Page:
SAMMAMISH, Wash. — As the weather gets better, more people are starting to hit the trailheads throughout western Washington. However, while you're out and about, your car is left all alone in the parking lot, and more and more vehicles are getting broken into, according to the Washington State Patrol (WSP).
Soaring Eagle Park in Sammamish is Mike Stadther's happy place. Although, he admits his love for hiking these types of trails is declining because of an uptick in smash-and-grab crimes.
"It's unfortunate,” said Stadther. “It takes what should be a really nice day and turns it into something really negative very quick.”
The WSP said smash and grabs are happening more often at trailhead parking lots throughout western Washington just in the past year.
"There were tons of smash and grabs through the fall and winter season and it's usually always an uptick in the summer because there's more people that venture out to these trailhead areas," said WSP Trooper Anthony Reese.
State troopers said there are several reasons for the jump in smashed windows, including people leaving valuables visible in their cars. Another reason could be there are times law enforcement can't pursue the criminals in question.
"Lots of criminals are more emboldened now with some legislation changes,” said Reese. “They know that law enforcement cannot chase them unless it is a violent crime. Property crime is not considered a violent crime.”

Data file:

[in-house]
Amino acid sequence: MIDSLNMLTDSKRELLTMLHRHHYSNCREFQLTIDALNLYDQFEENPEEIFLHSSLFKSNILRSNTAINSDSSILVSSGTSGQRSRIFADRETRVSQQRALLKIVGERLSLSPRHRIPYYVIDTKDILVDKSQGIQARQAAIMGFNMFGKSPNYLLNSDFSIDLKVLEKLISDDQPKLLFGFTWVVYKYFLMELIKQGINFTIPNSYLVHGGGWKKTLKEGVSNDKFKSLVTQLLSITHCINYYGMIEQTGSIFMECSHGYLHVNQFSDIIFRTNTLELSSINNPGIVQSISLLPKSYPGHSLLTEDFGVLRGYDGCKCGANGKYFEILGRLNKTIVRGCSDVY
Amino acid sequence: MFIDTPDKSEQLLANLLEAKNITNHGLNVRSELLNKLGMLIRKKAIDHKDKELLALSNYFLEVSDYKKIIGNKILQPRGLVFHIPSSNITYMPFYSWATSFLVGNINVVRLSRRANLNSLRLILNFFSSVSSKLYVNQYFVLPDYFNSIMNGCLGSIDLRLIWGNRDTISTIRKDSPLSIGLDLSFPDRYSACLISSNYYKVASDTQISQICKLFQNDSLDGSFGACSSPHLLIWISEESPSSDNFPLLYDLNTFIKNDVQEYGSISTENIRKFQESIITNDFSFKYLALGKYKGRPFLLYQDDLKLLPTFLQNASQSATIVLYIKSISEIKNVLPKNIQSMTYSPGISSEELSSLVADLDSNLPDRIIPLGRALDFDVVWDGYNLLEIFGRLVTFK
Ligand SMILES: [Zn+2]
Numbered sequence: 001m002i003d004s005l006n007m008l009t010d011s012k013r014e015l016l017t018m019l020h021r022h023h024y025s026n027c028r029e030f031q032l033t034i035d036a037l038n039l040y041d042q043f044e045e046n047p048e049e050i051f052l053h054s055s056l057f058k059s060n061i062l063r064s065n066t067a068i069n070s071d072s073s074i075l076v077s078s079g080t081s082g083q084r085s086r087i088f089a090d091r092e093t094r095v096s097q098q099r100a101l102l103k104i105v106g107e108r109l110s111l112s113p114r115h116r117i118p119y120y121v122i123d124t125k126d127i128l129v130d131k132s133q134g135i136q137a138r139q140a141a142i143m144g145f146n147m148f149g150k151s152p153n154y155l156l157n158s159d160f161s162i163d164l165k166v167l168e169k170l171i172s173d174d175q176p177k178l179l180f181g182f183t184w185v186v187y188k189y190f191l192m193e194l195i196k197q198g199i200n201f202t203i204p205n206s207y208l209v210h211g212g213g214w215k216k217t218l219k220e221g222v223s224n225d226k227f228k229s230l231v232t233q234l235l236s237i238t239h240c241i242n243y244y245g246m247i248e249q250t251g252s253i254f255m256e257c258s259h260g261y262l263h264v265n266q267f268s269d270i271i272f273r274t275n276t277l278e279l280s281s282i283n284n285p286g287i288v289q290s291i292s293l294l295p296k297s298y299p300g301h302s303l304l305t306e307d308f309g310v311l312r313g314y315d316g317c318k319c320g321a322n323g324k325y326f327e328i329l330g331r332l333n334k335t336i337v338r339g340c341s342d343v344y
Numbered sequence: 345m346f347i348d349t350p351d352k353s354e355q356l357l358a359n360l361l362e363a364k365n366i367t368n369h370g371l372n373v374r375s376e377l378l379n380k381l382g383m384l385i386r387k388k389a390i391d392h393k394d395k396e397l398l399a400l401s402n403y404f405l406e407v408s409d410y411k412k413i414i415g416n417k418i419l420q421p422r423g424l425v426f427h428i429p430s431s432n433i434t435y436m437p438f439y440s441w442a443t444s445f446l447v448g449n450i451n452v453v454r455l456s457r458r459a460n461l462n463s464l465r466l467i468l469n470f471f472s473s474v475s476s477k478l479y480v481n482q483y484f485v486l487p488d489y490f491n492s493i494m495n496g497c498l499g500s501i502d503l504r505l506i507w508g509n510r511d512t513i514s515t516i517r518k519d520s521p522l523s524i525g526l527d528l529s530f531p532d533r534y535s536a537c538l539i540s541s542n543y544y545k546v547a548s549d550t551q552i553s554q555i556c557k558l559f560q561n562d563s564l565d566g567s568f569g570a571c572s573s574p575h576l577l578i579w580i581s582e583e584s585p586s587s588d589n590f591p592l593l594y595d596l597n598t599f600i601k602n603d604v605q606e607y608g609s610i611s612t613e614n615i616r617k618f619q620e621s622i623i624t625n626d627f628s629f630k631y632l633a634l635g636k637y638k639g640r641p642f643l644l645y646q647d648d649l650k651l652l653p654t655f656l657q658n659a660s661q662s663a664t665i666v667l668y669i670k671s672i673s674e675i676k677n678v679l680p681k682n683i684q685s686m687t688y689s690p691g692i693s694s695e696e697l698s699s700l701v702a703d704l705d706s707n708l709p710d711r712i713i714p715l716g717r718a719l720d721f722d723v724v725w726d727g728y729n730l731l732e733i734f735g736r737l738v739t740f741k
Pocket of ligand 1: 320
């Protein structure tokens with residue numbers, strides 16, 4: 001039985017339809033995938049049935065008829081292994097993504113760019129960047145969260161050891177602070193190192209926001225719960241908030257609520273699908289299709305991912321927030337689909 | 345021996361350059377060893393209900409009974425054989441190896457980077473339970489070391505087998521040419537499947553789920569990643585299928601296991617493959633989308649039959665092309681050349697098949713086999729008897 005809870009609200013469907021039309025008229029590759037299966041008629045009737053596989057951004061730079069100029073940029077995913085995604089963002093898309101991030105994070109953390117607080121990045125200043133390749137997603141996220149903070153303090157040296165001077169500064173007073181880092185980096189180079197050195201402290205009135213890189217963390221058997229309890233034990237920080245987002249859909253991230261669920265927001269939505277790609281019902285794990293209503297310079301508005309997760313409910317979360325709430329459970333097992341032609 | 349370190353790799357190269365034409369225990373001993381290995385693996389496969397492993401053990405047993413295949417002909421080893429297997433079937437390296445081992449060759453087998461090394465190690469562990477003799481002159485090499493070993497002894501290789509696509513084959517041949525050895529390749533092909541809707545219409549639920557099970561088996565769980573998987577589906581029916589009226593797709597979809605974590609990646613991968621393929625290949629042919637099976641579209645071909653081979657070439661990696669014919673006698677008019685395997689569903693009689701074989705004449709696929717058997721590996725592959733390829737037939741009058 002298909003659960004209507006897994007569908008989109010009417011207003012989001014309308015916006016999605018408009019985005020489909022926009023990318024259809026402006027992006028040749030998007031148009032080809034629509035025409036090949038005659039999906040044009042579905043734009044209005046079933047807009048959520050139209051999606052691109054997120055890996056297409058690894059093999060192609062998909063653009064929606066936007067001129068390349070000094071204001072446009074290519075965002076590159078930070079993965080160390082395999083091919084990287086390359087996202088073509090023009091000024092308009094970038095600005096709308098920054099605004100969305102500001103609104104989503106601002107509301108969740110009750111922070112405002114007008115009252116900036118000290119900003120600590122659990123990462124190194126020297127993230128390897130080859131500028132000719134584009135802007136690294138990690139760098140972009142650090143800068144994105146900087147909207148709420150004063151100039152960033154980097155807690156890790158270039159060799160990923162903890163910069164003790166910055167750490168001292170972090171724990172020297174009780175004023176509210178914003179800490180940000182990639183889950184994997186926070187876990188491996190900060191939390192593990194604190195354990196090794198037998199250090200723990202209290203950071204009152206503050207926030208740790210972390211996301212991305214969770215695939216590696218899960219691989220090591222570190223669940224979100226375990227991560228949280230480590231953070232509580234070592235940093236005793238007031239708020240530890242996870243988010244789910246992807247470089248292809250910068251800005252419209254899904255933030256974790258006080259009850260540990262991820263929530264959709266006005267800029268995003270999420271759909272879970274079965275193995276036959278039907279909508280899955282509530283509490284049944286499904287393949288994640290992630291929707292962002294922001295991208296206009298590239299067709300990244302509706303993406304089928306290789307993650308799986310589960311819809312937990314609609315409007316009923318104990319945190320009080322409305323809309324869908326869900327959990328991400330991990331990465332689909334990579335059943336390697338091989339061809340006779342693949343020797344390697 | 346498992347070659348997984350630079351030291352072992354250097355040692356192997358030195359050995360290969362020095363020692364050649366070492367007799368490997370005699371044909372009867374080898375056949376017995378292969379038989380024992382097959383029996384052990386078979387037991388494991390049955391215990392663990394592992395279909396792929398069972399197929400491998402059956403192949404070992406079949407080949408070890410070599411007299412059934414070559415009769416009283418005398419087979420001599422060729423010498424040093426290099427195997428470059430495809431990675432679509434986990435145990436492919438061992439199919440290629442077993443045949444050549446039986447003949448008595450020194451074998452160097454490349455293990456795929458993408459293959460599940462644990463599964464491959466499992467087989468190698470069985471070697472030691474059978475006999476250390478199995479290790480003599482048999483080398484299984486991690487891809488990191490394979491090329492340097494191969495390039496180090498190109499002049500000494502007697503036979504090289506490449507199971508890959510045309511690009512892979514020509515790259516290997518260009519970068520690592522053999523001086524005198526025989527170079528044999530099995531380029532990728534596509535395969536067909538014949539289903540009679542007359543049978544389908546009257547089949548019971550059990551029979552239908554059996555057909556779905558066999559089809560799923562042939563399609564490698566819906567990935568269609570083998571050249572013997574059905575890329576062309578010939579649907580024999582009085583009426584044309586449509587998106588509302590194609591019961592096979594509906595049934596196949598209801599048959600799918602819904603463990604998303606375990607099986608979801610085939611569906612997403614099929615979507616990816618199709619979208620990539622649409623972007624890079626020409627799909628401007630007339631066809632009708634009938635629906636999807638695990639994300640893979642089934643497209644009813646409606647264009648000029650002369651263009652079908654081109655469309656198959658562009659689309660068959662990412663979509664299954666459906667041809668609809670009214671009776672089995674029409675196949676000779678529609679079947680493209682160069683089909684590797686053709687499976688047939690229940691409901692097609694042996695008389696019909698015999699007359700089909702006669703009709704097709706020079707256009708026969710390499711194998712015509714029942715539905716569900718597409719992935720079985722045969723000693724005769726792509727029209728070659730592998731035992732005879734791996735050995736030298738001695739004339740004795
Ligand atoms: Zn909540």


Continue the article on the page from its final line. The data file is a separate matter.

The WSP is working with other law enforcement agencies to increase patrols at trailheads. Some communities have even started their own community trailhead patrols to be an extra set of eyes. Stadther said people just need to be better.
“They need some help," said Stadther. "Maybe try to go get help elsewhere other than coming and taking peoples' things."
The Washington State Parks and Recreation Commission shared the following tips to keep hikers safe from trailhead car prowls:
- Park in well-lit areas
- Do not leave any valuables in your car
- Make sure doors and trunk are locked
- Report any signs of worrisome behavior
- Be aware of your surroundings
- Store your registration in your trunk or lock box that is attached to your vehicle
- Create a safety circle when you go on a hike (tell someone where you’ll be and how long you anticipate to be gone)